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Until recently, most neurological physicians were general neurologists, but neurology is rapidly becoming subspecialised. The American Academy of Neurology website lists 27 subspecialties with available fellowships.1 Compston predicted that eventually there would be four types of neurologist: general neurologists working outside a main centre; subspecialists in a main centre who are competent in general neurology; super-specialists who seldom venture outside their area of expertise; and full-time researchers who seldom see a patient.2 Neurologists working in small hospitals or in solo practice unavoidably must be general neurologists, but even in large hospital departments, those with a subspecialty interest often act as general neurologists and see new patients. Many subspecialists are excellent general neurologists and—though often reluctant to admit it—they likely have more enjoyment from the intellectual challenge of general neurology than their chosen field of expertise.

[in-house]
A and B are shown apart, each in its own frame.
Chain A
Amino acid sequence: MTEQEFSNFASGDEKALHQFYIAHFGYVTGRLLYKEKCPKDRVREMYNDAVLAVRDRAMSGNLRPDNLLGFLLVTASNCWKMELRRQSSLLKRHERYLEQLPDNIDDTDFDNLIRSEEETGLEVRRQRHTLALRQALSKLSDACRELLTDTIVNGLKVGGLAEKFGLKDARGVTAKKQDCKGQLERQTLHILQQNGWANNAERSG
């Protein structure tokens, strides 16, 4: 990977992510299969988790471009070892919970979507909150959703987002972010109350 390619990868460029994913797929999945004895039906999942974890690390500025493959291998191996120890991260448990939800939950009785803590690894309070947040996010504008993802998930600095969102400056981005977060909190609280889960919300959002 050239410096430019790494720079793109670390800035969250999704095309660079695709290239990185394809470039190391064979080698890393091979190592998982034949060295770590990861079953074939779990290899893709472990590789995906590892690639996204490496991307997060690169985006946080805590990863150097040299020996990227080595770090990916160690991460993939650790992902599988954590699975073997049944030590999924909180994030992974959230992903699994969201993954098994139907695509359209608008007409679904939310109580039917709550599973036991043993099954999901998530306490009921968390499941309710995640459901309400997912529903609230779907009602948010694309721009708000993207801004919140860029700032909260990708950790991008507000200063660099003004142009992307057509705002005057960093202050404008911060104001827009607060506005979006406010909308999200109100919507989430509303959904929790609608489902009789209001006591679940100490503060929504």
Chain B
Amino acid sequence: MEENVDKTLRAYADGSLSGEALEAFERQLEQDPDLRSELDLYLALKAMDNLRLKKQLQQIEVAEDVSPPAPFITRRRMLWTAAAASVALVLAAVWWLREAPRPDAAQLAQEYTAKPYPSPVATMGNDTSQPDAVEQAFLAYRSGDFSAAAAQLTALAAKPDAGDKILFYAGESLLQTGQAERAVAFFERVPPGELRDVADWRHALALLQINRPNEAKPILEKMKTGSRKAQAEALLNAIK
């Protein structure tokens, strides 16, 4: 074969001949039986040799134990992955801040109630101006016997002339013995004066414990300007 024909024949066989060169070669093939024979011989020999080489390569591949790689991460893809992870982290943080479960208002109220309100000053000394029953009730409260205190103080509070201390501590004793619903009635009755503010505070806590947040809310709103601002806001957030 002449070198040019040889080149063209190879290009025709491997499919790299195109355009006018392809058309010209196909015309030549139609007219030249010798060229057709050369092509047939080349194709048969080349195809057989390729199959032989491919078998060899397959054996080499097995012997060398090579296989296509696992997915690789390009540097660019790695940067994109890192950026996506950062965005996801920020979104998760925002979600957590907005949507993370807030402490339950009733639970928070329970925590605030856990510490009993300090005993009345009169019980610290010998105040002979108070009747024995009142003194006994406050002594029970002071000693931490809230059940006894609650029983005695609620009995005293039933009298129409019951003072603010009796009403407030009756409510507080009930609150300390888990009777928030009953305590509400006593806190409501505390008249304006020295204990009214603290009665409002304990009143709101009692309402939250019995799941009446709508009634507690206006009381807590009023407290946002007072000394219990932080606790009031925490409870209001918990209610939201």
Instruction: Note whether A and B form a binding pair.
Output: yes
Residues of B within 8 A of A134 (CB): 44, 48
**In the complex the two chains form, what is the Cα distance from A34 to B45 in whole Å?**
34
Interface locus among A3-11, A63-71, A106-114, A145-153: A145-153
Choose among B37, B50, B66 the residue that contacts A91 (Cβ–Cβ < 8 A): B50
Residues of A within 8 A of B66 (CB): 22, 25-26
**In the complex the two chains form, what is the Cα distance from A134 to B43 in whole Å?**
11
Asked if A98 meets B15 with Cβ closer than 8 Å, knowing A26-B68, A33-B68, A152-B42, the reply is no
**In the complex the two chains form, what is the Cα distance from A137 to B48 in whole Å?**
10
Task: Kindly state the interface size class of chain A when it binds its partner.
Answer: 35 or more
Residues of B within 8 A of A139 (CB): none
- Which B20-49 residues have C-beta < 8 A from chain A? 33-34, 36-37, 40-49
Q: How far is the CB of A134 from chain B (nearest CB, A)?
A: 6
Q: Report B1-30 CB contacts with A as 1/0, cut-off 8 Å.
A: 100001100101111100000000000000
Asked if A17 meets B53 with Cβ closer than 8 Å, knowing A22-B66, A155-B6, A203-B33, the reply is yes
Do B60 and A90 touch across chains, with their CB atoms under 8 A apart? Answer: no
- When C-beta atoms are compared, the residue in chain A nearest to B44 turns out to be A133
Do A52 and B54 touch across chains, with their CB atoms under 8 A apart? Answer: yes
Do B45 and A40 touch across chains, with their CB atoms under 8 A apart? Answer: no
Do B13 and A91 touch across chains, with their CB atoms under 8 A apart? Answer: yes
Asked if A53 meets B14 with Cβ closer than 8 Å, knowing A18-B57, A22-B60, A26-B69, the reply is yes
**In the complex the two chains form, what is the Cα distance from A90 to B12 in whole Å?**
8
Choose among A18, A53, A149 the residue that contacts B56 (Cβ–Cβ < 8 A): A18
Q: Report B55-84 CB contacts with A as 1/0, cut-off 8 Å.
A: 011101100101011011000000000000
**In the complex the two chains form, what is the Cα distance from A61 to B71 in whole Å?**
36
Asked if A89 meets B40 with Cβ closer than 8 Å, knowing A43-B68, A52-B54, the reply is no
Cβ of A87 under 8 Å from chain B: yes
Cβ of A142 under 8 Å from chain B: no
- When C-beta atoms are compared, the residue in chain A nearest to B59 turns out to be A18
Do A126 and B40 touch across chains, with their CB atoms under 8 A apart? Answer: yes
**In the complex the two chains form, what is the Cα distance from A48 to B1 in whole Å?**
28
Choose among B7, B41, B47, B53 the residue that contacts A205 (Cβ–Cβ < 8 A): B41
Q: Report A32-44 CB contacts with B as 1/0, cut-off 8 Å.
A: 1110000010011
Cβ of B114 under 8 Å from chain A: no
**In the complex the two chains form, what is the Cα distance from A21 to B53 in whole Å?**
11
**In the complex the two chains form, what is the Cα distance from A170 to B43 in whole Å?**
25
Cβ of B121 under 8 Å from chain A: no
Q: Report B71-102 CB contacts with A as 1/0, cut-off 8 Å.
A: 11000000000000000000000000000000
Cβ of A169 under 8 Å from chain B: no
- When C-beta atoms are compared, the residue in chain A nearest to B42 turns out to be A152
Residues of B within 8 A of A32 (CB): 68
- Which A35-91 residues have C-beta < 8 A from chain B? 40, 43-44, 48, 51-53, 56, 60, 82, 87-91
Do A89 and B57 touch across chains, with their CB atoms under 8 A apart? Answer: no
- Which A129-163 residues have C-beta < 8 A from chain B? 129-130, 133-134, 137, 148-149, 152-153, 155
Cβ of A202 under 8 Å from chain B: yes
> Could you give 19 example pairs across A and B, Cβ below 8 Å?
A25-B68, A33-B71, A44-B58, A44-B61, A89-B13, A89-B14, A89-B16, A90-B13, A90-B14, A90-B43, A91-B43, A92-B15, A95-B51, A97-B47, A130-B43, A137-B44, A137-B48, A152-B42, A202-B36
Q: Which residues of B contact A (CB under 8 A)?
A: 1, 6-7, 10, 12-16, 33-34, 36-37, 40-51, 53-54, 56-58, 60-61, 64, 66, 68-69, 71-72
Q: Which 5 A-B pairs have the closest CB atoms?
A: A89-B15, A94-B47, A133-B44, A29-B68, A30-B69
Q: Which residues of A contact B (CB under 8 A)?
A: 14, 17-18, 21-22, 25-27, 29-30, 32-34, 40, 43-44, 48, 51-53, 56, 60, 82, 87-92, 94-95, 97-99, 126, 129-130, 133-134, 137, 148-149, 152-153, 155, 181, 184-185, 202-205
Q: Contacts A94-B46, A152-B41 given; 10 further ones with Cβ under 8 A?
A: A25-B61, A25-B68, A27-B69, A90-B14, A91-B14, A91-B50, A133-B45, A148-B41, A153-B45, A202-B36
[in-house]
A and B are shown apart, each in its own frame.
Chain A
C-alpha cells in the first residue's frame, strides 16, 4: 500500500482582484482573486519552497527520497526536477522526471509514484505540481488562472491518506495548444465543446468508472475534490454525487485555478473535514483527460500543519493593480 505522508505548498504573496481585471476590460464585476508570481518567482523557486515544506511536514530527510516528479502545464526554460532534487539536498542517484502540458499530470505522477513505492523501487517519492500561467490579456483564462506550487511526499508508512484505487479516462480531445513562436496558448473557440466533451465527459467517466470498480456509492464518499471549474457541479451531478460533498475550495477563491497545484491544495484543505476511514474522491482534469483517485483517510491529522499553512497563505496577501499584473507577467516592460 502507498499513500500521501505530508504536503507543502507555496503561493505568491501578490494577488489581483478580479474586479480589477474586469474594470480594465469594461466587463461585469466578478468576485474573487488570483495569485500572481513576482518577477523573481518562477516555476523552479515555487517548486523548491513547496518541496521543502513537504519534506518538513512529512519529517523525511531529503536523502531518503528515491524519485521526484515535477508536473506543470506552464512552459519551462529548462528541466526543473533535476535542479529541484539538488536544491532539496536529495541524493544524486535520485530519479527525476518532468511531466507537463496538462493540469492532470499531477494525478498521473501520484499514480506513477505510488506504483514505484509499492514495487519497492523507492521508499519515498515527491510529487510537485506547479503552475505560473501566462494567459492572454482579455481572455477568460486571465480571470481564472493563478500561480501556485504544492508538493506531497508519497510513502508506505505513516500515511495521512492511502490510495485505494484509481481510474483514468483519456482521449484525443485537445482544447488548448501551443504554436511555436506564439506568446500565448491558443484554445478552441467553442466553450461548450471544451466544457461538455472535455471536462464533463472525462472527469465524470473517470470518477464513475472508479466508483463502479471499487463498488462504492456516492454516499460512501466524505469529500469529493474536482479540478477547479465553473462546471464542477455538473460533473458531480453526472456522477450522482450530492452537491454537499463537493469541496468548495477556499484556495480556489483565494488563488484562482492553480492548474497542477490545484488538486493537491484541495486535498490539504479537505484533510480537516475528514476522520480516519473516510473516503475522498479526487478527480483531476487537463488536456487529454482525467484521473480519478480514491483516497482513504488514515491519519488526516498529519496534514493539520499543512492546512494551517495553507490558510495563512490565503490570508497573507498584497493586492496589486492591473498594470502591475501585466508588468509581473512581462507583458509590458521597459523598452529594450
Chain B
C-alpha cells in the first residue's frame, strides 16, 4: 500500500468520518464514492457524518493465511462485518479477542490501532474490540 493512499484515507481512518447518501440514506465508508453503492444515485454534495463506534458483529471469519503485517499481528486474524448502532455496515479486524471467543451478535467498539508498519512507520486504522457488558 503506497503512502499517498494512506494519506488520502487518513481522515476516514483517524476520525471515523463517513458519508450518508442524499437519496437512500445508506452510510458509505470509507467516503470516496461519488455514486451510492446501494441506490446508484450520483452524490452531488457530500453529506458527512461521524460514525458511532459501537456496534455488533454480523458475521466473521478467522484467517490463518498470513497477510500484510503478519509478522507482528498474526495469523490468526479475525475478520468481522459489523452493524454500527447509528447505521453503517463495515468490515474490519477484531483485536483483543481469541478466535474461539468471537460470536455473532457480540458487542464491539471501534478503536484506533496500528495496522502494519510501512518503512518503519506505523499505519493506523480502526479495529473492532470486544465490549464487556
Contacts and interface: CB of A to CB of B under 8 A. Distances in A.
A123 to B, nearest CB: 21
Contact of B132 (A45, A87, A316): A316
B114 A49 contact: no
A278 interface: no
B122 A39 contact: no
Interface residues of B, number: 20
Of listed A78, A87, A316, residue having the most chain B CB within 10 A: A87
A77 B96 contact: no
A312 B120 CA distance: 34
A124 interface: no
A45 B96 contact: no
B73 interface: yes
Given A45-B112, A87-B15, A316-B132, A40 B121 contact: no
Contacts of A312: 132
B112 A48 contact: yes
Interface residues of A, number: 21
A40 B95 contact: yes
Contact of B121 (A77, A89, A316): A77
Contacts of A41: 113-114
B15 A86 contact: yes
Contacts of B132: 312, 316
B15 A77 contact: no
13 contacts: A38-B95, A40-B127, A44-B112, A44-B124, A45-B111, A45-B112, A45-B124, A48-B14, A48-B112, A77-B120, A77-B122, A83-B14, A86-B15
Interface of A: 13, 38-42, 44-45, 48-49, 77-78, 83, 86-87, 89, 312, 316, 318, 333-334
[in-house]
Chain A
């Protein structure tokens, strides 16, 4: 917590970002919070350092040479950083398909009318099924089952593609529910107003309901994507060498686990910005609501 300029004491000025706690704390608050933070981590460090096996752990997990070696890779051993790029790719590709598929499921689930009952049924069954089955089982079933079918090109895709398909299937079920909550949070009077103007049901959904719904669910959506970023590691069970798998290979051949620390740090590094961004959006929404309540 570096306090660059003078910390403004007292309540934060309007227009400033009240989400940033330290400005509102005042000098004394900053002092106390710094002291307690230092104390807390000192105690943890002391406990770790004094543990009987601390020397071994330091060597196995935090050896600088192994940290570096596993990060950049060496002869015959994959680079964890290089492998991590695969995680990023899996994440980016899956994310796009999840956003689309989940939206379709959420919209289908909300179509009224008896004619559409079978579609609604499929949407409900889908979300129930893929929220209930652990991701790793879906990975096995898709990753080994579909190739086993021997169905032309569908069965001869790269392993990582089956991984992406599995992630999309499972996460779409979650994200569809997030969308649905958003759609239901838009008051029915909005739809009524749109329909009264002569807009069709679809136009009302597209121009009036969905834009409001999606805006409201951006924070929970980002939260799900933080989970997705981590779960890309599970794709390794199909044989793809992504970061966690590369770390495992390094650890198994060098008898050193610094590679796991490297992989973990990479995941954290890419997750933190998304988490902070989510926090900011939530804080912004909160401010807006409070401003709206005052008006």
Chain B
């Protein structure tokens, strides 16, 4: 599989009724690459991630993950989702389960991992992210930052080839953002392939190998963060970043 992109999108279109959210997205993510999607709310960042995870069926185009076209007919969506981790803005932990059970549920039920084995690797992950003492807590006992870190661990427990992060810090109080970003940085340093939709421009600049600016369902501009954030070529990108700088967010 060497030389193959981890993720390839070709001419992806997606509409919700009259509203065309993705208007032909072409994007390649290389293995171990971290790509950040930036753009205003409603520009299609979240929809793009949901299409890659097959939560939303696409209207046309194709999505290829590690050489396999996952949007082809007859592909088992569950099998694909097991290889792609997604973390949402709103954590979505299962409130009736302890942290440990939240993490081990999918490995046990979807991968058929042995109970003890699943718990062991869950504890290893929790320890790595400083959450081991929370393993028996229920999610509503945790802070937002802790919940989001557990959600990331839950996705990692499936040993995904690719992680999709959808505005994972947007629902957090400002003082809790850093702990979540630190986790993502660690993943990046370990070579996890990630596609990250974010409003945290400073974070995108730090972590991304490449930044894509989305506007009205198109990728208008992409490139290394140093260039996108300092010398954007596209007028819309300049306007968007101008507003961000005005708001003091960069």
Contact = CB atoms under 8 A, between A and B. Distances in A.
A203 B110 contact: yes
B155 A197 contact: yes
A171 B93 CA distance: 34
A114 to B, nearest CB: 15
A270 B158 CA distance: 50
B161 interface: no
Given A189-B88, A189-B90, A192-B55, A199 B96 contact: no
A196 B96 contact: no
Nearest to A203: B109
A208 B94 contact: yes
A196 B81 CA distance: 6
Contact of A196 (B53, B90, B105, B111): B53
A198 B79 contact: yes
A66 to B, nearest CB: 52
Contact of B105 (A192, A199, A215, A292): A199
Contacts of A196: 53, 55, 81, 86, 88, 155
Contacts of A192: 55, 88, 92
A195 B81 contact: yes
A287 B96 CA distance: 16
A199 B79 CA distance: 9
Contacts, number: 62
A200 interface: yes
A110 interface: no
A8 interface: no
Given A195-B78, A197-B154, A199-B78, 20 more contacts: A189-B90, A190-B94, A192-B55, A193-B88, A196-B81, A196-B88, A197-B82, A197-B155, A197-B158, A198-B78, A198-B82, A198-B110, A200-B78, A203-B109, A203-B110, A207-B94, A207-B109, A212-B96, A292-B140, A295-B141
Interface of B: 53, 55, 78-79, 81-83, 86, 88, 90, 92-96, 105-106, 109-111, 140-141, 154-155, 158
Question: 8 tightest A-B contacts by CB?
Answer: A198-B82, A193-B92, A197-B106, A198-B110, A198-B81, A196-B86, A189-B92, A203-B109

The benefits and drawbacks of general neurology can be considered from the viewpoint of the neurologist and that of the patient.
The neurologists’ perspective
The greatest pleasure of general neurology is the variety of …
Contributors NEA wrote this article.
Funding The authors have not declared a specific grant for this research from any funding agency in the public, commercial or not-for-profit sectors.
Competing interests None declared.
Provenance and peer review Commissioned; externally peer reviewed by Steven Lewis, Pennsylvania, USA.